Communication with Children

kids communication

How to Communicate with Your Child

“No matter what I do, I can’t talk to my child.” “My daughter and I start out having a reasonable conversation, but we always end up yelling at each other.” “My son just won’t open up to me.”

For many of us, of all the people that we interact with in our lives, the ones we have the most difficulty communicating with are our own children. While we have no trouble relating with other people, when it comes to our offspring, we run into trouble. This limitation pains and frustrates us. We seek advice and try to apply the techniques that are recommended to improve us in our roles as parents. But the problem persists and we are left still wondering what is going on.

But the answers are right in front of you. You are just missing the obvious questions. If you relate easily with everyone else, then how are relating differently with your children?

How do you relate with other people? Are you interested in their lives? Do you want to hear what they have to say? Do you listen to them? Do you have compassion for them? Are you honest with them? Do you easily talk about yourself? Are you unpretentious and real with them? Do you joke around?

And how do you relate with your children? How much do you know about their lives? How often do you really listen to them? Do you typically show compassion for them and what they are experiencing in their lives? Are you honest with them? Do you talk easily about yourself and reveal yourself to them? Are you yourself with them or do you relate from a parental role? Are you uncharacteristically serious with them?

The breakdown in communication between parents and children is often due to the fact that parents are not themselves. They are caught up in a role of “parent relating to child” instead of simply being the real people they are relating to the real people their children are.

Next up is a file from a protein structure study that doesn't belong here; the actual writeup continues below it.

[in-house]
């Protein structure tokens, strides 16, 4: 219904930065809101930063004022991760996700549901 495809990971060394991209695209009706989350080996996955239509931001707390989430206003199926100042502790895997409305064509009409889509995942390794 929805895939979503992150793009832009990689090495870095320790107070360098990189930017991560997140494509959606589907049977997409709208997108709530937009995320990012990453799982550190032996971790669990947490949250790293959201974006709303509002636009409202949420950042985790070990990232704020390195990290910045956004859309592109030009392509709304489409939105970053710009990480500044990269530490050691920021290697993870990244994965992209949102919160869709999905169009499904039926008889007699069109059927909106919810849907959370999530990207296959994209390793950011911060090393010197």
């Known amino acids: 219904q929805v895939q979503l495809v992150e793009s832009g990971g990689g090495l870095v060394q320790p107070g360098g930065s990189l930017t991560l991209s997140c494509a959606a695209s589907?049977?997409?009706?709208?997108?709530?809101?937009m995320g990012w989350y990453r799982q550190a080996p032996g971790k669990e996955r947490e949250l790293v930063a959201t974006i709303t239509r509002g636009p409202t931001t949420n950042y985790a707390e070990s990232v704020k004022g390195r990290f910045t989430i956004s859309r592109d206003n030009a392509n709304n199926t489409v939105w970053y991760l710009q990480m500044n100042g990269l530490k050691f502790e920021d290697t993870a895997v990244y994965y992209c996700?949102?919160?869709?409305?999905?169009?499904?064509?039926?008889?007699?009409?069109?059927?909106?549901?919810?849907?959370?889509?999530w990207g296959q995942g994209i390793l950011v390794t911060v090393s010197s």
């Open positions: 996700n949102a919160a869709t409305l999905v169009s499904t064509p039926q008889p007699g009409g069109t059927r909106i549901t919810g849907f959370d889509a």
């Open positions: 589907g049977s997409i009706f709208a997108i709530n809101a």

Suggestions for being real with your children

Allow freedom of speech

Allow every member of the family the freedom to express any opinion and to experience any emotion without self-consciousness. Encourage an open exchange of feelings, thoughts, ideas and humor. This open atmosphere will facilitate communication that is straightforward, honest and compassionate. Each family member will be acknowledged, heard, felt and experienced by the others in such a way as to give the person a sense of their unique identity. The sense of humor expressed will not be sarcastic or cynical but will reflect the good feelings family members have toward each other and will acknowledge the human foibles and uniqueness of each member.

Show compassion and empathy

View each member of the family with compassion rather than with a cynical or judgmental eye. From this benign vantage point, everyone will be seen as the same: as people who because of their humanness are hurt, defended and flawed. Even children who act up will not be perceived as bad. They may be provoking, defiant, angry, stubborn, but they are not bad. Every adult and child will be regarded as basically having a good heart.

Have empathy of every family member, especially for your children. Empathizing will enable you to stay in contact with the deepest level of your child’s verbal and nonverbal communication. Parents who are in touch with their feelings from their own childhoods are capable of having true empathic understanding of their children. By maintaining a compassionate and empathic point-of-view during communications with your children, you will avoid making harsh or judgmental responses that are insensitive and hurtful to them. Rather than label or perceive your kid with a fixed identity, you will see the child as being in a state of constant change and growth.